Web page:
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Jan. 4, 2008 (Fri.)
Elevation: 4360 feet; Order of Height: 25
Participants: Andrew Lavigne, Jennifer Innes
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Mount Marshall and Cliff Mountain were two of the few remaining trailless peaks on the Jenn winter-46 catch-up program. They are also situated relatively close to one another, making a trip which combined climbs of both of them an efficient prospect. We therefore decided to do a two-day overnight trip, staying at the Calamity Lean-tos, and doing Marshall on the first day and Cliff on the second. The Lean-tos are strategically positioned at Flowed Lands - nicely between the two peaks.

After hiking into and dropping our overnight gear at the lean-to, we started off towards Marshall. This season's snowy weather had been continuing - the 48 hours prior had seen a good 6 to 12 inches of fresh, new snow. I was expecting the worst: a totally unbroken trail up to the top of Marshall.

To my mild surprise, there was an indication of freshly-covered over snow-shoe tracks leading up the herdpath route. Excellent - a track meant less thought and time required for routefinding, and it also meant a firmer base of snow to hike upon. Up we went, buoyed by this and hopeful for a fun and quick ascent of the peak.

We couldn't tell for sure if the person or persons who'd made the track had gone up before or after the last snowfall - it was hard to tell. But, in any case, it was easy to follow at this lower elevation. Soon, the route emerged onto Herbert Brook, and we started the long stretch that more-or-less follows the bed of the brook. Unfortunately, the bed of Herbert Brook was not in ideal winter condition. It was possible to break through in various little hollows and dips in the brook, and in general the way was somewhat tricky. We had to slow down and probe and test anything which looked suspect.

Once above the brook section, we again had a relatively easy time following the track through a section of fairly open forest. Following that was a difficult and wet final bushwack to the summit. We trudged back down our track, out across Flowed Lands and back to our lean-to. As we approached, we could see several headlamps there. Was our lean-to now occupied by others as well?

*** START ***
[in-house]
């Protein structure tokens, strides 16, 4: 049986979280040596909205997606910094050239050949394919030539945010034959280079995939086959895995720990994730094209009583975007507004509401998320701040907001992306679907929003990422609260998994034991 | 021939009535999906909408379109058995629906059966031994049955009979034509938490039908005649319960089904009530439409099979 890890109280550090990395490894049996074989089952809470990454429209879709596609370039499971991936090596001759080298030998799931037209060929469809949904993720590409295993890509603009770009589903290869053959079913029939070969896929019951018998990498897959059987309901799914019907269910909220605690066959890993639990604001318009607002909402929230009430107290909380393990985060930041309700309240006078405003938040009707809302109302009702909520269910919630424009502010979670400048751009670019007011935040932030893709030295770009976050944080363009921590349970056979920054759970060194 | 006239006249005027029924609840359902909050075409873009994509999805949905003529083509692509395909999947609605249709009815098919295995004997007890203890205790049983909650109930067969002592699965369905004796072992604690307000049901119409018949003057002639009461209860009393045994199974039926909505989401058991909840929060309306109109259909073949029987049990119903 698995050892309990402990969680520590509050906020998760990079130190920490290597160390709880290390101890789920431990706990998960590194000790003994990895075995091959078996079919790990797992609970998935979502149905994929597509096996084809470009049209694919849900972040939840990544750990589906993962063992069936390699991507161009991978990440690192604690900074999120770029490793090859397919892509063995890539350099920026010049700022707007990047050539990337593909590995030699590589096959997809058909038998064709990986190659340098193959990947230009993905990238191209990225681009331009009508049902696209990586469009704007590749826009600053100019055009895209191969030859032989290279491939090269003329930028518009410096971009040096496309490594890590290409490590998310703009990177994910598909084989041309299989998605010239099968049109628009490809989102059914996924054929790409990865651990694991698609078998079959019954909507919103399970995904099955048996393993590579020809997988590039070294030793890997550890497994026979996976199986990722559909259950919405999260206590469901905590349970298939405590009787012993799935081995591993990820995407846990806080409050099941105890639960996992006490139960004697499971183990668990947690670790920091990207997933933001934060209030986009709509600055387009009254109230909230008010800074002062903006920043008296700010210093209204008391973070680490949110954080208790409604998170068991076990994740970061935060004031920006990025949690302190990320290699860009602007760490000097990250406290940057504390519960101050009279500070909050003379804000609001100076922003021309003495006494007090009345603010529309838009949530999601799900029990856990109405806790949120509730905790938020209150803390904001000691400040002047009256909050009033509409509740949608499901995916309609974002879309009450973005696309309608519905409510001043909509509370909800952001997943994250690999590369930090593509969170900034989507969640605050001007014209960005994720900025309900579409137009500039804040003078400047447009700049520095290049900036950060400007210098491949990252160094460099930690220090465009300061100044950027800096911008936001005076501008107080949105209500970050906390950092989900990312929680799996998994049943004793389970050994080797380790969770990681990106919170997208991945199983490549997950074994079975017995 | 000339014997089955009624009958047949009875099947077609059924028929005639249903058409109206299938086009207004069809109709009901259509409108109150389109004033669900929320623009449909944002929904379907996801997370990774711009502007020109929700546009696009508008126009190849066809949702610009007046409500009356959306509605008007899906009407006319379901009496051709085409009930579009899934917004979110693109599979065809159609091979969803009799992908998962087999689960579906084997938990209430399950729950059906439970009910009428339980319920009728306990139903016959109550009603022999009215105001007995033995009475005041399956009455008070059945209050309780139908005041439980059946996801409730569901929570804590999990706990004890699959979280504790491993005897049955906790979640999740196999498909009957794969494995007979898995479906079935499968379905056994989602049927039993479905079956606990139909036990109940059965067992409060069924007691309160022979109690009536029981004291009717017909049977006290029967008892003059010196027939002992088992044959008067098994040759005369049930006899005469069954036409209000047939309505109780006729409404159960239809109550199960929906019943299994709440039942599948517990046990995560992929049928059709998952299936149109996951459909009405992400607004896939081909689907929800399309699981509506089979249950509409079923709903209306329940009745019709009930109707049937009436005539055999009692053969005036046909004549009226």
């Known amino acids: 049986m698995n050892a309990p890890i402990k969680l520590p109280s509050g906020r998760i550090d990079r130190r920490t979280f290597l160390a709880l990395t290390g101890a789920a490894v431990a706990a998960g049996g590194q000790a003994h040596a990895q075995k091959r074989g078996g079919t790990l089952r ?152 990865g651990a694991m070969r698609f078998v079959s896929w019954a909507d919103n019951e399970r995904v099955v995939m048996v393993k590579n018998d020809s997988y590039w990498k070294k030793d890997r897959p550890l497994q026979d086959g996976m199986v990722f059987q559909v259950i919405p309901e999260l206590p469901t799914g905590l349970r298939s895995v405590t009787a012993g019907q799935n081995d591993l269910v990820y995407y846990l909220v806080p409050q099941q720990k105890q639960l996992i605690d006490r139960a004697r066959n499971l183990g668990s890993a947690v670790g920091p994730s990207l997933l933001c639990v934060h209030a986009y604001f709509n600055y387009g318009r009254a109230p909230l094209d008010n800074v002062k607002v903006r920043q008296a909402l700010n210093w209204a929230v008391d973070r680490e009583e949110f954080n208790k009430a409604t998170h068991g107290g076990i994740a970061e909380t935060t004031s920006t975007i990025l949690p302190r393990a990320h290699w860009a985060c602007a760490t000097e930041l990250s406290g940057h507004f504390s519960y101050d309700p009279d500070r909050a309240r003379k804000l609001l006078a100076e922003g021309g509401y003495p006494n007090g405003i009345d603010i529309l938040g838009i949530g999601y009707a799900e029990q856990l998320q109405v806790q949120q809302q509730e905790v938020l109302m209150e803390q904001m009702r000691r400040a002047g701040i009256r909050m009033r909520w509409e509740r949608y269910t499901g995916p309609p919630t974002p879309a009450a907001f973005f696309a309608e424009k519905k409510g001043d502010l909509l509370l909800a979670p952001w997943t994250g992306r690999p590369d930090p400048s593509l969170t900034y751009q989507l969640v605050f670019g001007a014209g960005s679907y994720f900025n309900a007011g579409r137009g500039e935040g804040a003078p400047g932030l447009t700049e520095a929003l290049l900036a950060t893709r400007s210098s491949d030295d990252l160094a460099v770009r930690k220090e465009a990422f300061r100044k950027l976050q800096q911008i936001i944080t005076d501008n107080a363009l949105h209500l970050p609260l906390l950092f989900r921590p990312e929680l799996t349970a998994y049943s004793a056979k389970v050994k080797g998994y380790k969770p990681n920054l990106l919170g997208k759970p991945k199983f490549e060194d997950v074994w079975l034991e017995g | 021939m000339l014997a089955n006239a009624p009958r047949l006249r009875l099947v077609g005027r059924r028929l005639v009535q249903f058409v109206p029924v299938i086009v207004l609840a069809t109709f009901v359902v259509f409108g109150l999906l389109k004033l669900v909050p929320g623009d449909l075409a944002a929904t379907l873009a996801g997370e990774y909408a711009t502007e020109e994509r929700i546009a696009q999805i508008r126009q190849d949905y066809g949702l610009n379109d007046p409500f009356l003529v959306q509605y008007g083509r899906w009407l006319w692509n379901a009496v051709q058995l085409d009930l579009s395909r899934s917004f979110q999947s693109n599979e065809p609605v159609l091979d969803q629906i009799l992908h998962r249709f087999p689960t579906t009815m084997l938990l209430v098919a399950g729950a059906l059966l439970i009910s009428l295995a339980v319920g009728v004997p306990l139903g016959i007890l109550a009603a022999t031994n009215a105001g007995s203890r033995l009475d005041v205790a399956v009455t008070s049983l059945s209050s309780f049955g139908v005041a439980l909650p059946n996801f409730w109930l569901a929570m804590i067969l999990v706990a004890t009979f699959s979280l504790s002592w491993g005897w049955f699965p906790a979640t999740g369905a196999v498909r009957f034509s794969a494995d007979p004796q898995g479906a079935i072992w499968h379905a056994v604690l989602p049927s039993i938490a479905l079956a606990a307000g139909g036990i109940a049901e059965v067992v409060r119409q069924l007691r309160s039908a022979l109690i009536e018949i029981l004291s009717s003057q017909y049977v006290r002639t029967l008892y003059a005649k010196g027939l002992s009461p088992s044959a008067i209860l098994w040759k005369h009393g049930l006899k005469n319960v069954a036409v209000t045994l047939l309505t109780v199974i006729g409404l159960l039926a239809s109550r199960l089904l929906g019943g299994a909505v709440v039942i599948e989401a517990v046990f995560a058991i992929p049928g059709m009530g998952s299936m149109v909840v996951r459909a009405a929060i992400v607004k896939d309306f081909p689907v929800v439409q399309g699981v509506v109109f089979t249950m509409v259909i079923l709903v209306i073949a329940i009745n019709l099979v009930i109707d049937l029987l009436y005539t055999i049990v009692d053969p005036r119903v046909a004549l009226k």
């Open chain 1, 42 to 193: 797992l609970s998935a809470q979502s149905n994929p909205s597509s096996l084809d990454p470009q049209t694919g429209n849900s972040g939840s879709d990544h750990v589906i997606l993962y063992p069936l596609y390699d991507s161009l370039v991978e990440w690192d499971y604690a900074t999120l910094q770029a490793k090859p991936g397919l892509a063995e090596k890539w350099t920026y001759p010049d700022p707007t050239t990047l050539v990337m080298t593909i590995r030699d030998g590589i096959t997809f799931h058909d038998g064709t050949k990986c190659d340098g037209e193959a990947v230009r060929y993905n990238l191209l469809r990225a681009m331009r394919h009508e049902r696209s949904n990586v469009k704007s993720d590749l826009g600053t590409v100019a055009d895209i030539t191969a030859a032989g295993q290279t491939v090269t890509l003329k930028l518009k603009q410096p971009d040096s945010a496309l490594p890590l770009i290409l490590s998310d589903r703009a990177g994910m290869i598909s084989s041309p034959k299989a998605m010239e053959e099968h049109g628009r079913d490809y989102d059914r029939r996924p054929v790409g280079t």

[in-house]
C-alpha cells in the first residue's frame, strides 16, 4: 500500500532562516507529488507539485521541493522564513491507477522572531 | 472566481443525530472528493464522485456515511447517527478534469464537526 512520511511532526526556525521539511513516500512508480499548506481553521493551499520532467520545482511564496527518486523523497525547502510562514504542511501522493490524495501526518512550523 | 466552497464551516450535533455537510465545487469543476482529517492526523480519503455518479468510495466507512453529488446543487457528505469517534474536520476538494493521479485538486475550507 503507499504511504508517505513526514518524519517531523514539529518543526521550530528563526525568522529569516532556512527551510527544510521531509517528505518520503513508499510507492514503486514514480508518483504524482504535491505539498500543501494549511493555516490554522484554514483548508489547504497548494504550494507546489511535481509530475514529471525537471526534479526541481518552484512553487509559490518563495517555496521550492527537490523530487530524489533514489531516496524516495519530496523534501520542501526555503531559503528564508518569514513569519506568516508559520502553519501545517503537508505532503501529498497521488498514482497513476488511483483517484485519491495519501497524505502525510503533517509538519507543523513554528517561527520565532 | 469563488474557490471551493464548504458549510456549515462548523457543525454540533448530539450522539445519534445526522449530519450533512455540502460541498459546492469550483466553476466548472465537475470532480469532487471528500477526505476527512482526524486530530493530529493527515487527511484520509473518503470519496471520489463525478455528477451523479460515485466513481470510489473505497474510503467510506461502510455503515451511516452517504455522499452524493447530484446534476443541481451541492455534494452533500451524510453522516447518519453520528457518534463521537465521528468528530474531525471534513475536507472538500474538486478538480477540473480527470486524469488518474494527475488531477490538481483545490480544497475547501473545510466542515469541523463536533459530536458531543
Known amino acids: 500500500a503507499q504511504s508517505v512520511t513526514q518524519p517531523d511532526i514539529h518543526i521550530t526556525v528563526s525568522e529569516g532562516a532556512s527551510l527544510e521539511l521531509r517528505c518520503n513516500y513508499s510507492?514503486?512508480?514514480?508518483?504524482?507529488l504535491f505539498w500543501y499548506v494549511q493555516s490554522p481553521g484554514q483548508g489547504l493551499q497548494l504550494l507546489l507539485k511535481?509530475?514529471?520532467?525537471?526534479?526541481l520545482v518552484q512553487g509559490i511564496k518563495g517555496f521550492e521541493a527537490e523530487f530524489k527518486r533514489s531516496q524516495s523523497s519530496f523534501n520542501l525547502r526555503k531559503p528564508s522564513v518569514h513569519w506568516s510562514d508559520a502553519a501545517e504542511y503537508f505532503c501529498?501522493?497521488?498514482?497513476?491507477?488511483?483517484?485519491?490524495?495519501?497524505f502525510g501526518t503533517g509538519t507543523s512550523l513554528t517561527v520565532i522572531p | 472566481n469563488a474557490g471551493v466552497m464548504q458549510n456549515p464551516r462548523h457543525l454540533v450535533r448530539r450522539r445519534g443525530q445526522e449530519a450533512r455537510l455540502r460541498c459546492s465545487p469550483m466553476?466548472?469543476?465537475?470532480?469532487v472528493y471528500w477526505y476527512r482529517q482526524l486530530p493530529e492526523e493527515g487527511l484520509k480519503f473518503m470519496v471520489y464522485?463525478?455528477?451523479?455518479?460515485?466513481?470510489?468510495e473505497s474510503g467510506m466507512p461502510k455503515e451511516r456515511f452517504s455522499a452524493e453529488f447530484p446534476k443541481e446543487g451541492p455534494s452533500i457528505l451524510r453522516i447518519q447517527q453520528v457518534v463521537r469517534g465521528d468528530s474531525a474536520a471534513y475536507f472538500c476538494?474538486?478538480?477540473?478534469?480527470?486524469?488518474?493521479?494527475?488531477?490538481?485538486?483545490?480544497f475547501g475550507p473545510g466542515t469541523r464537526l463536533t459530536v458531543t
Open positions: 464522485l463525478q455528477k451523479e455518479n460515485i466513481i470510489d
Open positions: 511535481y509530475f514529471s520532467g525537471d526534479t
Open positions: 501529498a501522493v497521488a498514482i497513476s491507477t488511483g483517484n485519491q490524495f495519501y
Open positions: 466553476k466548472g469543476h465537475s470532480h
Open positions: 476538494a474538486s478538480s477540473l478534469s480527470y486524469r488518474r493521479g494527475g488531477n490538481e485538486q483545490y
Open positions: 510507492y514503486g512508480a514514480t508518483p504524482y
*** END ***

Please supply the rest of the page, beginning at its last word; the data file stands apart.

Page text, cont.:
Four hikers were at the lean-to, busy preparing hot food and drinks. As we approached, the greeted us and expressed relief. They had seen our entry in the trailhead register, and they had talked to the ranger we encountered, so they knew our plans. They were worried about us, and were starting to think about heading out to look for us. How very thoughtful!

Our companions turned out to be a special bunch: four firemen from the New York City Fire Department, up for a weekend in the Adirondacks (now the 'rescue' thinking is starting to seem more obvious!). They were all from Battalion 46 of the FDNY, and were a lively bunch. We had a great time chatting over dinner. As it turned out, they were on the first day of a three-day trip, climbing over Mount Marshall and then down to Indian Pass. We told them that their way up, at least, was now well-tracked and marked!

We settled in for a nice, long restful sleep, which was unfortunately interrupted several times by nosy, quarreling martin(s) living under the lean-to.

Ewart was scheduled to arrive in the morning at 6:30am, and we would then attempt to scale Cliff via the Flowed Lands side.

See the image gallery link below for a more detailed writeup and the set of pictures.

Trip Reports, Image Galleries or Other References:
 Image Gallery: January 2008 - Marshall and Cliff

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